International Education: A Practice in Courage and Adulthood

By Christelle Barakat

“God, grant me the grace to accept with serenity the things I cannot change, Courage to change the things I can, and wisdom to know the difference.” – Reinhold Niebuhr

When I think of courage, the quote above directly comes to mind. It gives me a sense of peace whilst being imbued with a spirit of activism because change requires action and courage.

Overall, courage can take on different meanings based on individual perceptions and realities. For a toddler, courage might be taking the first physical steps or uttering the first words. For a teenager, courage could be speaking in front of an audience or choosing a major that does not meet parental and societal expectations. For a refugee, it is leaving one’s country in search of a better future and quality of life, knowing that the journey will be tough but that it will make the coming decades easier for one’s family; courage, then, becomes a selfless act of love.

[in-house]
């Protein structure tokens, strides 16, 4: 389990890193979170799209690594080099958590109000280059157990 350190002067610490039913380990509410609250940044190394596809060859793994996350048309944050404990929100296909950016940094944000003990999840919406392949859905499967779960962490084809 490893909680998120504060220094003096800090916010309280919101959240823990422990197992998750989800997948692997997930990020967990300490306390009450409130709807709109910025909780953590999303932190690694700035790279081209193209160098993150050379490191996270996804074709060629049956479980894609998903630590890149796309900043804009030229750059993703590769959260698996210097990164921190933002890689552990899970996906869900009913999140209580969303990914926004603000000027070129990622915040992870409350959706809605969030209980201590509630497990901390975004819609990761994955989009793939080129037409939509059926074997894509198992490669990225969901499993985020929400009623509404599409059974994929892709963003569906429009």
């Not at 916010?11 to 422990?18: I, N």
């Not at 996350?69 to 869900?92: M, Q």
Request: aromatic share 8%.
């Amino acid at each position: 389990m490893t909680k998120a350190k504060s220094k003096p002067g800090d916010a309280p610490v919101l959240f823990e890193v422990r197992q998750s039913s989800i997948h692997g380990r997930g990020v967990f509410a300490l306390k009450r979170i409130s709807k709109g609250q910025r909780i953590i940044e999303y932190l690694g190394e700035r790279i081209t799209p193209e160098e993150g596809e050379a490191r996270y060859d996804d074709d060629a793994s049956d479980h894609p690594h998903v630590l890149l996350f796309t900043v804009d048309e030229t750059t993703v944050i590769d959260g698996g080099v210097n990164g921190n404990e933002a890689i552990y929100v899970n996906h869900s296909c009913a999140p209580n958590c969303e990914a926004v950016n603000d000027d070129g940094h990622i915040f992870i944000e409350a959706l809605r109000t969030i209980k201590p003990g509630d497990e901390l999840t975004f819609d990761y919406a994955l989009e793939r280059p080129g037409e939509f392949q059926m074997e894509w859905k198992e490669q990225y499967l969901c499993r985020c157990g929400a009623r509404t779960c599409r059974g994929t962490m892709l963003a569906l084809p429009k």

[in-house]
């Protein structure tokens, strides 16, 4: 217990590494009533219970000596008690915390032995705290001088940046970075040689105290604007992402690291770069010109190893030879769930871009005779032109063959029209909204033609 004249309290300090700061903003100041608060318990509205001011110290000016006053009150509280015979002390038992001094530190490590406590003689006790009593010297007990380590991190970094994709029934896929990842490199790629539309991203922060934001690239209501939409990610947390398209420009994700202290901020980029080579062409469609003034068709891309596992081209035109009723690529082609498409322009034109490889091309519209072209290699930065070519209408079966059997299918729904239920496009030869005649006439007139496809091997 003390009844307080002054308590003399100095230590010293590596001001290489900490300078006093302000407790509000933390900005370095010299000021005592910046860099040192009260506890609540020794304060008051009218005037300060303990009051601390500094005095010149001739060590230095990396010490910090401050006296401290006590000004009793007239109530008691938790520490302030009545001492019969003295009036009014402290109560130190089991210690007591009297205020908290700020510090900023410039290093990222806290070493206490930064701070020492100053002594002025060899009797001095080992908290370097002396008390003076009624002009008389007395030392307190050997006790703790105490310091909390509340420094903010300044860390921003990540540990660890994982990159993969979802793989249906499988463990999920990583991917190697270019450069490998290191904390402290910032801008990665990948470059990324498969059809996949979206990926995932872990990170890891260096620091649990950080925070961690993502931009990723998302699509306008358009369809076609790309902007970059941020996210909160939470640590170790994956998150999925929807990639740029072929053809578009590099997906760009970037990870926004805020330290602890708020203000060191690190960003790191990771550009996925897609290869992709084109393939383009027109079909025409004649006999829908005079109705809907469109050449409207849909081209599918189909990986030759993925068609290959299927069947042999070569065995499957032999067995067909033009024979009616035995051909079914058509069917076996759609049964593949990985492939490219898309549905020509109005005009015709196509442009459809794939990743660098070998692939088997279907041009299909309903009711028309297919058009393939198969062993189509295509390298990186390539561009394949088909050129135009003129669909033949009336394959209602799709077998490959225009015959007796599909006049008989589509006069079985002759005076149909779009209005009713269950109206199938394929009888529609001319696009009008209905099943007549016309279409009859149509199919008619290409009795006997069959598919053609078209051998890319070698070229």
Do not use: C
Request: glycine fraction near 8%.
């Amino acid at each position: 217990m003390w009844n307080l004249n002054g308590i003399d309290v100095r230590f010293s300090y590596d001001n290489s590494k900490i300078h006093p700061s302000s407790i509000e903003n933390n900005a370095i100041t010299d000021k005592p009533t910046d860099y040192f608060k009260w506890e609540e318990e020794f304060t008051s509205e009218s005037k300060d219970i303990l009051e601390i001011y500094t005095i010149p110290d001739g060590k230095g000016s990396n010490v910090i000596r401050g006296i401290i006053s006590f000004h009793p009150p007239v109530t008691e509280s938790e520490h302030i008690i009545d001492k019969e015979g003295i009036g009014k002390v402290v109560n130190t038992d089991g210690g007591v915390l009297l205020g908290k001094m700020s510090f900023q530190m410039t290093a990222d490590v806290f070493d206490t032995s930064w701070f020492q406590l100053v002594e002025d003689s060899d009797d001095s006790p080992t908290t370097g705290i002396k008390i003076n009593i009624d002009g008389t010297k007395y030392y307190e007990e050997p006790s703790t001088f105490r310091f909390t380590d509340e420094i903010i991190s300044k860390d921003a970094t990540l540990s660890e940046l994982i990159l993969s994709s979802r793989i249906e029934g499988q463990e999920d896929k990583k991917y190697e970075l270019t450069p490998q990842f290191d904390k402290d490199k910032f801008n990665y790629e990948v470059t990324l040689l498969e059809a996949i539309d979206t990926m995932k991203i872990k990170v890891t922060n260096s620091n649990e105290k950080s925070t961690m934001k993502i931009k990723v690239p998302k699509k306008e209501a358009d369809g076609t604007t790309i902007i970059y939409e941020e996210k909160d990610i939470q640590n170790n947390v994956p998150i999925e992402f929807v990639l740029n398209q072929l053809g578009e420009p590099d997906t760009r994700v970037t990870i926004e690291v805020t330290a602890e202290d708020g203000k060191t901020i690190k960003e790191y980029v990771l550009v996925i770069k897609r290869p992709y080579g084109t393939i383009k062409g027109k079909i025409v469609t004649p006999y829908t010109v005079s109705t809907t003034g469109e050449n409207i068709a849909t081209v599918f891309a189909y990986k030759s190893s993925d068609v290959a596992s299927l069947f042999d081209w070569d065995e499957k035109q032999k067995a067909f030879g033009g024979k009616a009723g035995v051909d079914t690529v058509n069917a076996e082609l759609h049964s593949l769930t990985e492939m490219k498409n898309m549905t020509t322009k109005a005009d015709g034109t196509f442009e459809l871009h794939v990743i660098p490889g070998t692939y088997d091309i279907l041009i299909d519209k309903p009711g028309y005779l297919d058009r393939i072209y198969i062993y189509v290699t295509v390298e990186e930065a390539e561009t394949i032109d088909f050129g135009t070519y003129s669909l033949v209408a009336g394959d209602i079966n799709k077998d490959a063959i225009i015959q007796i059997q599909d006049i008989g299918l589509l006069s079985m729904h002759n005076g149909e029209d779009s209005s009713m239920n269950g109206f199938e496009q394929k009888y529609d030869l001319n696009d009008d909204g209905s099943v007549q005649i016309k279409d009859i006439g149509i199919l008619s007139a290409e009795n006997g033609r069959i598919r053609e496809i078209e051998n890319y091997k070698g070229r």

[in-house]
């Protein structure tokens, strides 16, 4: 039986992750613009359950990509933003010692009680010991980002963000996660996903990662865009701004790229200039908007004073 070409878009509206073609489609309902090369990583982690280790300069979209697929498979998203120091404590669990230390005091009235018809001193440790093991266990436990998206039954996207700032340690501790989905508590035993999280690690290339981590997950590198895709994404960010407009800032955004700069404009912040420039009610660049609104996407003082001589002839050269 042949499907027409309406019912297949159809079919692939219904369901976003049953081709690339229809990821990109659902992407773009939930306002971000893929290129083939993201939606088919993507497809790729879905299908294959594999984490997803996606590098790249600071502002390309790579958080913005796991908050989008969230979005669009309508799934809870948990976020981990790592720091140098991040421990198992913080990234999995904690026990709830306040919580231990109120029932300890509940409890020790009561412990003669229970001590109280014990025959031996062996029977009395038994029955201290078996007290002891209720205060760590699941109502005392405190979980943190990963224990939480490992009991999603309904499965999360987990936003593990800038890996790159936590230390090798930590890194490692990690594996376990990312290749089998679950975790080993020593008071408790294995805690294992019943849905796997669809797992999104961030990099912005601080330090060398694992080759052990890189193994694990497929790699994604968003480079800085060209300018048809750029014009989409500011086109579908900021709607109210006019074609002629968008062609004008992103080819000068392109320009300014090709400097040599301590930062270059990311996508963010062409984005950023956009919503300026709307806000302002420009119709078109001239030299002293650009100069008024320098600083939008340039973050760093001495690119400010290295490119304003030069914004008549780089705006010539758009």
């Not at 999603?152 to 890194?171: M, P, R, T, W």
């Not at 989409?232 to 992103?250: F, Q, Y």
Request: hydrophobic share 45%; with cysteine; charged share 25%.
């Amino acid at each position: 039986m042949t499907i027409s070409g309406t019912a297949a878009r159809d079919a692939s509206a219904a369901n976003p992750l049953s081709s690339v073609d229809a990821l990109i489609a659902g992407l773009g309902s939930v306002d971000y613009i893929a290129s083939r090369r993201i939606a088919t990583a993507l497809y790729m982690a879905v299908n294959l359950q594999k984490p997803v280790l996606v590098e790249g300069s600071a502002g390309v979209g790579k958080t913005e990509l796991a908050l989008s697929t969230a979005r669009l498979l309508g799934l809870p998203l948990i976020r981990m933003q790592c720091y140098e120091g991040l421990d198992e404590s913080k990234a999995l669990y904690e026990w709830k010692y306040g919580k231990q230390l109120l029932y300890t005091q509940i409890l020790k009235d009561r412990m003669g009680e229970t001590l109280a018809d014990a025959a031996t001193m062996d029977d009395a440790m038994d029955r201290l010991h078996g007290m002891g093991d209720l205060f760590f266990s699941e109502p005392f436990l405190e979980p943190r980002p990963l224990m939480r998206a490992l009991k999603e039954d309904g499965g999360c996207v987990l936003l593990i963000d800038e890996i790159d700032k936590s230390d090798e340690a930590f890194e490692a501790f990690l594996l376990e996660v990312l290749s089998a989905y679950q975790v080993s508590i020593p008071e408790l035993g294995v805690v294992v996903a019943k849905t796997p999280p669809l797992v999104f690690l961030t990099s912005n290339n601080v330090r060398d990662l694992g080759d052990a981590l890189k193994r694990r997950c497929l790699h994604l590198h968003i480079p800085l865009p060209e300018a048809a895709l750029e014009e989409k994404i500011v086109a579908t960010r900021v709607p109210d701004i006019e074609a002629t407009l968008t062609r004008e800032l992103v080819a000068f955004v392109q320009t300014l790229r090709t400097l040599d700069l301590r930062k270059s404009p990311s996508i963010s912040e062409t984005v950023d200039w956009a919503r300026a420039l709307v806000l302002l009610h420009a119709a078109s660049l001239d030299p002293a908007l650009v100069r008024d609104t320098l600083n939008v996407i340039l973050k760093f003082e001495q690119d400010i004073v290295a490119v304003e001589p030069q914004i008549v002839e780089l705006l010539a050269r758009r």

As human beings, we share some similar experiences to being courageous and then there are other experiences in which we diverge in our understanding of courage. Allow me to explain. We all go through toddler and teenager moments; however, not all of us might be put in situations like those of refugees or individuals living in war-torn countries. Nonetheless, that does not mean that our experiences are less meaningful.